The first sub-assembly is the annular code retaining ring 48 into which is pressed fitted the roller cage 64. Retainer trough or ring 48 has an arm 66 extending therefrom, the free end of which engages in a vertically extending slot in a block 68 of the cassette casing (see FIG. 3) whereby to stabilize the retaining trough 48 and its roller cage 64 against rotation with respect to the cassette casing 10 in use.
The second sub-assembly includes the lower flange 70 of the take up reel 14 which extends from the upper section 72 of the hub (See FIG. 4). The locking ring 74 is press fitted into the bottom of the lower flange 70 as indicated. Thus, the locking ring which will be referred to in more detail later, is secured with respect to the reel and rotates with the reel when the reel rotates.
The third sub-assembly of the take up reel is the lower hub section 76.
To assemble the reel, the lower hub section 76 is placed in a jig, the retainer trough 48 with its contained roller cage 64 is then placed in position; the rollers 78 are then placed in their respective channels of the roller cage. The lower reel flange 70 on the upper hub section with its assembled locking ring 74 is then pressed into position and finally the top flange 80 is pressed into position.
As will be explained the clutch is released when the narrow portion of every roller 78 is opposite the shallow braking surface of locking ring 74. To this end, the retaining trough 48 has a circumferentially extending series of holes 82 through which a plunger 50 can extend to move the rollers of the clutch longitudinally of their respective troughs to the release position. As will be explained it is only some of the rollers that require to be moved because others of the rollers are normally in the release position.
The hub of the reel consists of the sections 72 and 76. It has a series of radially extending slots 84 for engagement by the drive pin 36 as previously explained. The fit between the retaining trough 48, the lower reel flange 70 and the lower hub section 76 which embrace it as at 88 is a sliding one to permit relative rotation between the retaining trough 48 which is anchored to the cassette casing and the reel 14 which rotates with respect to the cassette casing.
The roller cage 64 has a series of axially aligned channels 88, each adapted to receive a cylindrical roller clutch element 78. Cylindrical roller clutch elements 78 are supported by the bottom of the retaining trough 48. They are restrained in the other direction by the bottom flange of the reel 14. They overlie a hole 82 in the retaining trough to permit engagement by a piston 50. Inwardly directed brake ring 74 has a shallow brake surface 75 that bears against the side of roller elements 78 to prevent rotation in one direction when the clutch is operative. The parts described with the exception of the retaining trough 48 are made from a suitable plastics material. Trough 48 is preferably made from metal such as brass.
In FIG. 4 roller element has been shown with its portion of wide diameter in breaking engagement with the braking surface 75 of the brake ring 74. It assumes the position illustrated in FIG. 4 by gravity when the cassette is placed on a rewind machine. In the event that the cassette should be upturned, the large diameter of the roller will rest against the reel but it will not become misaligned in its channel in an axial direction because the total longitudinal length of the large diameter of the roller is slightly greater than the space above the brake surface 75 of the brake ring 74. It will be noted that surfaces are cut away at their edges to provide for freedom of movement and guidance in this respect and to ensure that when the cassette is placed on a machine and in the position of FIG. 4, the roller will always assume its operative position against the retaining trough 48 as illustrated in FIG. 4.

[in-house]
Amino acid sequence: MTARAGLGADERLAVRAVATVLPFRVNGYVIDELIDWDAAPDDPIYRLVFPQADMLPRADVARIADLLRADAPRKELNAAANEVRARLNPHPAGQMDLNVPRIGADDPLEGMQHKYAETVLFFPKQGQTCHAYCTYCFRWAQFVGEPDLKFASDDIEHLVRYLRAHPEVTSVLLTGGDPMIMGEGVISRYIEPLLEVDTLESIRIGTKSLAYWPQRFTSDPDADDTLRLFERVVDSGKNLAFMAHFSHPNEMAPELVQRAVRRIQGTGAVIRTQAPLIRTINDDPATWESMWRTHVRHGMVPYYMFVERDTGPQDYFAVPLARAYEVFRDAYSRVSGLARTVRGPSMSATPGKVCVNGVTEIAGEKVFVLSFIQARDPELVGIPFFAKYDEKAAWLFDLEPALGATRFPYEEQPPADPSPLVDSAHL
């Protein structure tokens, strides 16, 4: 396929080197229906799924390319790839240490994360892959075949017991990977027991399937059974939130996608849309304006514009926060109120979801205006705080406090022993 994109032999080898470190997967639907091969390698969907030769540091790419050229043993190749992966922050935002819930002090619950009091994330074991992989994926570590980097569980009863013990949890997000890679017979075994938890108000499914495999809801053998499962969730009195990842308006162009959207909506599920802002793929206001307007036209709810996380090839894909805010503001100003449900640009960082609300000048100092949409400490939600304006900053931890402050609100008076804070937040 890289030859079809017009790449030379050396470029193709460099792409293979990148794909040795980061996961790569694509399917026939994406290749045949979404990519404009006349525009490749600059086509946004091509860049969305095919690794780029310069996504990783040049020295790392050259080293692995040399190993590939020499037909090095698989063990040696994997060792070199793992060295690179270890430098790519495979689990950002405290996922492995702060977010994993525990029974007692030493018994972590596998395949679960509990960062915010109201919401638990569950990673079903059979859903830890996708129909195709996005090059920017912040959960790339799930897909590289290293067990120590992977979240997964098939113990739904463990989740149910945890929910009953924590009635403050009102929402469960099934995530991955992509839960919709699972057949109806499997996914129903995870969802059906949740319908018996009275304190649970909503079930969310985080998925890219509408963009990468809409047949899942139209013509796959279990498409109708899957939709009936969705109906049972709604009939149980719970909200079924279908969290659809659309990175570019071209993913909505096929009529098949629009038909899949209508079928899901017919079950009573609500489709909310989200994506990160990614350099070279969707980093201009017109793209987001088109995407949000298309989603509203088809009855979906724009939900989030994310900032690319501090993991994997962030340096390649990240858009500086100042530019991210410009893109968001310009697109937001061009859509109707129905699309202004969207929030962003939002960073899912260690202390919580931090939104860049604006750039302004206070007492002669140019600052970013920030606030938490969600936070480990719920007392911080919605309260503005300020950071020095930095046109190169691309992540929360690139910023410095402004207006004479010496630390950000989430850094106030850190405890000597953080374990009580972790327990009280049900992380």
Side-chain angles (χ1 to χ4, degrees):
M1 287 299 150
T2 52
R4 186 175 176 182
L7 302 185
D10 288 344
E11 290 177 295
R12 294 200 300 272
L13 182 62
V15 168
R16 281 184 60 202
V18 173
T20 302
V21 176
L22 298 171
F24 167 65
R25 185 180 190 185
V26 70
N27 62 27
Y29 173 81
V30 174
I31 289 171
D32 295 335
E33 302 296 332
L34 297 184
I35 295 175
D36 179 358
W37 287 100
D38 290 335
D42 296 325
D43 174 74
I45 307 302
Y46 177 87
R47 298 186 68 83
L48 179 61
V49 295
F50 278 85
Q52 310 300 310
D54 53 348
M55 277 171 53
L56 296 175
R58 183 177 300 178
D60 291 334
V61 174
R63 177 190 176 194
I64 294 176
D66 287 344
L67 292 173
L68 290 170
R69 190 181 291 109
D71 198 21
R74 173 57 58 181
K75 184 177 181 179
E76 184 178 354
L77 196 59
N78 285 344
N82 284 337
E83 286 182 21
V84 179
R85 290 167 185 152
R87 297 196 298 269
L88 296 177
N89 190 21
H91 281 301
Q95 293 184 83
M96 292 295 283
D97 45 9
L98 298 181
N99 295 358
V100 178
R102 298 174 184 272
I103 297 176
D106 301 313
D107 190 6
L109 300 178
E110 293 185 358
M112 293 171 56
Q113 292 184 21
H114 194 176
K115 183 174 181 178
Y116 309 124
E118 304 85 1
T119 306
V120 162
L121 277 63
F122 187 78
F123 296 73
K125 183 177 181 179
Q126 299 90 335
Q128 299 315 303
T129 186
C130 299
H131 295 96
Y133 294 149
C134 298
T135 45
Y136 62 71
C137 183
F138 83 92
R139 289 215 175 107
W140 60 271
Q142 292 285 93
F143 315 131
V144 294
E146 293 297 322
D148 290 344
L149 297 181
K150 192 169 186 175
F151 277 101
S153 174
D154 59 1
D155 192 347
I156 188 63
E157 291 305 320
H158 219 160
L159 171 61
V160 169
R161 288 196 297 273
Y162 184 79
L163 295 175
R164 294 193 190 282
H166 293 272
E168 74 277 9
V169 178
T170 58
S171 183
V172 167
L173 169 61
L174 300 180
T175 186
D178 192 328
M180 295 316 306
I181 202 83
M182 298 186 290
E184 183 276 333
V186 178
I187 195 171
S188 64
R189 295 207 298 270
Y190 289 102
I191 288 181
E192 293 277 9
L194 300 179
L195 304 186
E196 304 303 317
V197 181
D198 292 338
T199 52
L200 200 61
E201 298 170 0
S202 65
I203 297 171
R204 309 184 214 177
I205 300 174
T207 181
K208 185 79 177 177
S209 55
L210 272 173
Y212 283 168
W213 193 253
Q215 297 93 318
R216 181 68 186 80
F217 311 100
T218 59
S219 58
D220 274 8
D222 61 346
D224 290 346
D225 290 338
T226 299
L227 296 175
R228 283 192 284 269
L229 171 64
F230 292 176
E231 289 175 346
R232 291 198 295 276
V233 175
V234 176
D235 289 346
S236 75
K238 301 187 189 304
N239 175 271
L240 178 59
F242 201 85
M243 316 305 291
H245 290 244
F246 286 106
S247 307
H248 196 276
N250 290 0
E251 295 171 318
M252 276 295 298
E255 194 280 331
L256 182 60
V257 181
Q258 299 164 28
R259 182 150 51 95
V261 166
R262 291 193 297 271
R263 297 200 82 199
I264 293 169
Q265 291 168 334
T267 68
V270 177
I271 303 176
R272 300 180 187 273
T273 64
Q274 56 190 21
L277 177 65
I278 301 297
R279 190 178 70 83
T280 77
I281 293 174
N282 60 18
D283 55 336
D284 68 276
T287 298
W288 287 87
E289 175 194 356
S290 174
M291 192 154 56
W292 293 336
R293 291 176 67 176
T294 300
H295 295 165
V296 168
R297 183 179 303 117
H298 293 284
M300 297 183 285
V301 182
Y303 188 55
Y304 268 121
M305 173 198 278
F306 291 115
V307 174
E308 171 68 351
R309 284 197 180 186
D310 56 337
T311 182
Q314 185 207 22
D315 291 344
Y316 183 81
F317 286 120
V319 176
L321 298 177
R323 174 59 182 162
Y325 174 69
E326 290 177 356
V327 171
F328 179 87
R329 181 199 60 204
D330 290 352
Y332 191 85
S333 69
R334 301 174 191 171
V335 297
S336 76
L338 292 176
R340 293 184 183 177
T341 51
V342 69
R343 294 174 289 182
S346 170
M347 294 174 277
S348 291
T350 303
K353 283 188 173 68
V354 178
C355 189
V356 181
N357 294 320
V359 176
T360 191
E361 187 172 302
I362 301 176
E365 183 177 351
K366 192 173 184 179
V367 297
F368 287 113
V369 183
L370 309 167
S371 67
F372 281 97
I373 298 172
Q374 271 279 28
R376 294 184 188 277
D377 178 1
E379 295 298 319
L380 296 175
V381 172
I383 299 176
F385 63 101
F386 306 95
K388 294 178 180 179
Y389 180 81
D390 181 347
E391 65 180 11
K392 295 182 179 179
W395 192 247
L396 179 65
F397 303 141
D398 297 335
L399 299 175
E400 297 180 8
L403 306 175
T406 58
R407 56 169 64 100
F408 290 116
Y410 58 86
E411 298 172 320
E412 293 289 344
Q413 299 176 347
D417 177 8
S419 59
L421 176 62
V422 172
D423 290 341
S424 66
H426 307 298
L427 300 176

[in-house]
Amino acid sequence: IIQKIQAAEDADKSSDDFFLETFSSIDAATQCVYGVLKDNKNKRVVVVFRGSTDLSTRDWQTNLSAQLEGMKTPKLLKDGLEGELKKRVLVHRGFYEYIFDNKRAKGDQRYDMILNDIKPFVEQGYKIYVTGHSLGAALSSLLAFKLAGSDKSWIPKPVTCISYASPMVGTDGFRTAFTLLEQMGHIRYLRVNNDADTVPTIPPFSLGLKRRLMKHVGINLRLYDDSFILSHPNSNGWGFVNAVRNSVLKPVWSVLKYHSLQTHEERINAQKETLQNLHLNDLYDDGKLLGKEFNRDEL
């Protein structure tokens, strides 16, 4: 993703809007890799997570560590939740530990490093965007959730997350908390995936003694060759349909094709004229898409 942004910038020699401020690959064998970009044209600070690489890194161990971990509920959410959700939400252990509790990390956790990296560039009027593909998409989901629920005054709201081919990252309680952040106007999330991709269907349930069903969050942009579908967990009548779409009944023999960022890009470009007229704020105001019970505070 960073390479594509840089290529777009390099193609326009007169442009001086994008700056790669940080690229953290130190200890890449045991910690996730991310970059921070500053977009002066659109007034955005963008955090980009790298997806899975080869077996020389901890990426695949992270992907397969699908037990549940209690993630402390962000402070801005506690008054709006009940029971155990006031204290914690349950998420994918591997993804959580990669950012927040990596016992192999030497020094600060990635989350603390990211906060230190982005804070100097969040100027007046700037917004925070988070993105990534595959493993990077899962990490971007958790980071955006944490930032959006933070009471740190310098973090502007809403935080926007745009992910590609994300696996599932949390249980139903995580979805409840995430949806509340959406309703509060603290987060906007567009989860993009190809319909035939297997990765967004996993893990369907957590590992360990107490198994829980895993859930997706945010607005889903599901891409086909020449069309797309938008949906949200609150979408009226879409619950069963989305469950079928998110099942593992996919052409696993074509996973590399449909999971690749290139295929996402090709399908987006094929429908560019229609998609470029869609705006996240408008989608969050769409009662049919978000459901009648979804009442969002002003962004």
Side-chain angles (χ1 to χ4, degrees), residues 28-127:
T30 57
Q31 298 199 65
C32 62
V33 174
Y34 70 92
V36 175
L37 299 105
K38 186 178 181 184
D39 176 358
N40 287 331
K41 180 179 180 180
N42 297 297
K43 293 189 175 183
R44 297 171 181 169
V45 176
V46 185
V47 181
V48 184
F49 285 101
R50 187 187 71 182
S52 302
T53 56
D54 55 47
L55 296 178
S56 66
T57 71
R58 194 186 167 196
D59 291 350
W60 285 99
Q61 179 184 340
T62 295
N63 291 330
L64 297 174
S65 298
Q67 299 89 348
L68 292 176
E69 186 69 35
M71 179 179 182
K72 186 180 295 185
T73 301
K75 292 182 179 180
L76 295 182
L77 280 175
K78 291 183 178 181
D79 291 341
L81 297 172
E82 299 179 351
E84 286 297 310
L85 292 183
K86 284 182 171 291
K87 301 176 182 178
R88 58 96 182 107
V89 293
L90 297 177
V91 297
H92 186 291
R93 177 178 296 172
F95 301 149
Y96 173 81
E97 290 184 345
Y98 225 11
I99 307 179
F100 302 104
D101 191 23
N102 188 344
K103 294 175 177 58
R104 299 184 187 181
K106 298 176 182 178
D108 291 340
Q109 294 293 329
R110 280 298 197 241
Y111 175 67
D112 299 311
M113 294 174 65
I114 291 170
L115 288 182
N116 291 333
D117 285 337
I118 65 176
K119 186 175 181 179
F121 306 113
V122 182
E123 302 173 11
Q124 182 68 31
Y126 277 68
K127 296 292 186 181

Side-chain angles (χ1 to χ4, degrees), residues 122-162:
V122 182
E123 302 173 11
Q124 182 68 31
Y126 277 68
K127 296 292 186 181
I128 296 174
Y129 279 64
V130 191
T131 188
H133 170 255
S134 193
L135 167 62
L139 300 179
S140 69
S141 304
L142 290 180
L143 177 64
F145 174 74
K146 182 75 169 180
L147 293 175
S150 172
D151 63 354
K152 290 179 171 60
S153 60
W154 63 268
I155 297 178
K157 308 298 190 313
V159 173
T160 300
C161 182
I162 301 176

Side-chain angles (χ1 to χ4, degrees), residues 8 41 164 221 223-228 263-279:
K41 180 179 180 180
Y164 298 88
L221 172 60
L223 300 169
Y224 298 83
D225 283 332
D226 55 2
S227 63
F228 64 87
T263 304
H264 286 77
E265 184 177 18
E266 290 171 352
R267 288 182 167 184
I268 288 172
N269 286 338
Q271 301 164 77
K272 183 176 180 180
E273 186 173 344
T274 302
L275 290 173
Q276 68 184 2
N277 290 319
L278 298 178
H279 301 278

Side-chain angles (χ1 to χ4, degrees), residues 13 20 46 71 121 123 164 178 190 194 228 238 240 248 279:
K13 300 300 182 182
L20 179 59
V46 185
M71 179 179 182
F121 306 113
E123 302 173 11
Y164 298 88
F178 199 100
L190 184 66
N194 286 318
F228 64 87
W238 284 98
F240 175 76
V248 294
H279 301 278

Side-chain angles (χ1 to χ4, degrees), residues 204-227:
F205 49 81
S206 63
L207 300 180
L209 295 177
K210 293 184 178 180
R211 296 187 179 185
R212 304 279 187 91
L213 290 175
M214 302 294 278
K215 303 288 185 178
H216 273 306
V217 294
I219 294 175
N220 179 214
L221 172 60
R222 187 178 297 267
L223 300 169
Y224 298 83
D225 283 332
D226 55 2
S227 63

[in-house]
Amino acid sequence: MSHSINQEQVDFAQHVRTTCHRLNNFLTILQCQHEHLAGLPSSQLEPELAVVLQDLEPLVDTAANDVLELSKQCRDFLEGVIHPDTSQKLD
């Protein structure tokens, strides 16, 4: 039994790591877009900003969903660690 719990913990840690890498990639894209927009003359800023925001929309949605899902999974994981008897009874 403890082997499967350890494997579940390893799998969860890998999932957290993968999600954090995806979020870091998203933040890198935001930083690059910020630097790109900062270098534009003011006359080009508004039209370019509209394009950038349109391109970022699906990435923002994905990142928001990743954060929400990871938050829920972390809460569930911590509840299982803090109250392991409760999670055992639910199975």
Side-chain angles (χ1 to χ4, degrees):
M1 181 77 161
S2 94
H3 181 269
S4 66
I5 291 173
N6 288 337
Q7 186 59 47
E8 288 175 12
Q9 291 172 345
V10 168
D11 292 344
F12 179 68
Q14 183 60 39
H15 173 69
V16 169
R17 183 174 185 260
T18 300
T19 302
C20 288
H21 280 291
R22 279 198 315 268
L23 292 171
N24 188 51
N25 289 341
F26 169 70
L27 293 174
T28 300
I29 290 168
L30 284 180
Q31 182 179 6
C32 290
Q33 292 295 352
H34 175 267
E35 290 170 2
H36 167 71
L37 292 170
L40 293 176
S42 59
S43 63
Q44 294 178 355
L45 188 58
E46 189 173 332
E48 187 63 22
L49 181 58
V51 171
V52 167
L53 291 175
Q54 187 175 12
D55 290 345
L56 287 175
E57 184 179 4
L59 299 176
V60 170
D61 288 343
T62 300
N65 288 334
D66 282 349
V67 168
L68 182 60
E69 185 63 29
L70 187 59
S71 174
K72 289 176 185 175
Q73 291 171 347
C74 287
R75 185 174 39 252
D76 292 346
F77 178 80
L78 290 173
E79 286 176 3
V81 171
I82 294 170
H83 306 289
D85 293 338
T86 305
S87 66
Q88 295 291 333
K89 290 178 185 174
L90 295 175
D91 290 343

It will also be noted that if the roller were put in upside down to what is illustrated in FIG. 4, the narrow portion of the roller would be opposite the braking surface 75 of the brake ring 74 and there would be no binding contact between the roller and the brake ring for that particular roller under conditions of operation.
FIGS. 6 and 7 illustrate the operation of the clutch. FIG. 6 shows channels 79 which house the rollers 78. The channels 88 have a flat ramp surface at their bottom. The rollers illustrated in FIG. 6 are each disposed as illustrated in FIG. 4. When a force is applied to rotate the reel 14 in the lock direction as indicated by the arrow 90, the rollers 78 wedge between the braking surface 75 of locking ring 74 and the ramp surface 88 to lock the reel against further rotation with respect to said housing.
When the reel is rotated in the opposite or free wheeling direction, the rollers 78 tend to move in the direction of rotation and become freely spaced between their respective channels 79 and the locking surface 75 of the locking ring 74 so that rotation is possible. The dotted line position of the middle roller 78 illustrates an extreme free position of the rollers on the ramp. In use, they do not move this far to the right. They move to the right and down their respective ramp only in sufficient distance to permit free rotation of the reel.
The design of the rollers, surfaces of the roller cage, the ramp and ring 74 under these conditions is according to standard roller clutch design practice.
In FIG. 6 each of the rollers 78 have been illustrated in the position shown in FIG. 4. In FIG. 7, the rollers have been shown in the opposite disposition, i.e. with the portion of large diameter resting on the retaining trough 48 and the portion of smaller diameter opposite with the braking surface 75 of the braking ring 74. In this disposition there is no braking action between the rollers and the braking ring.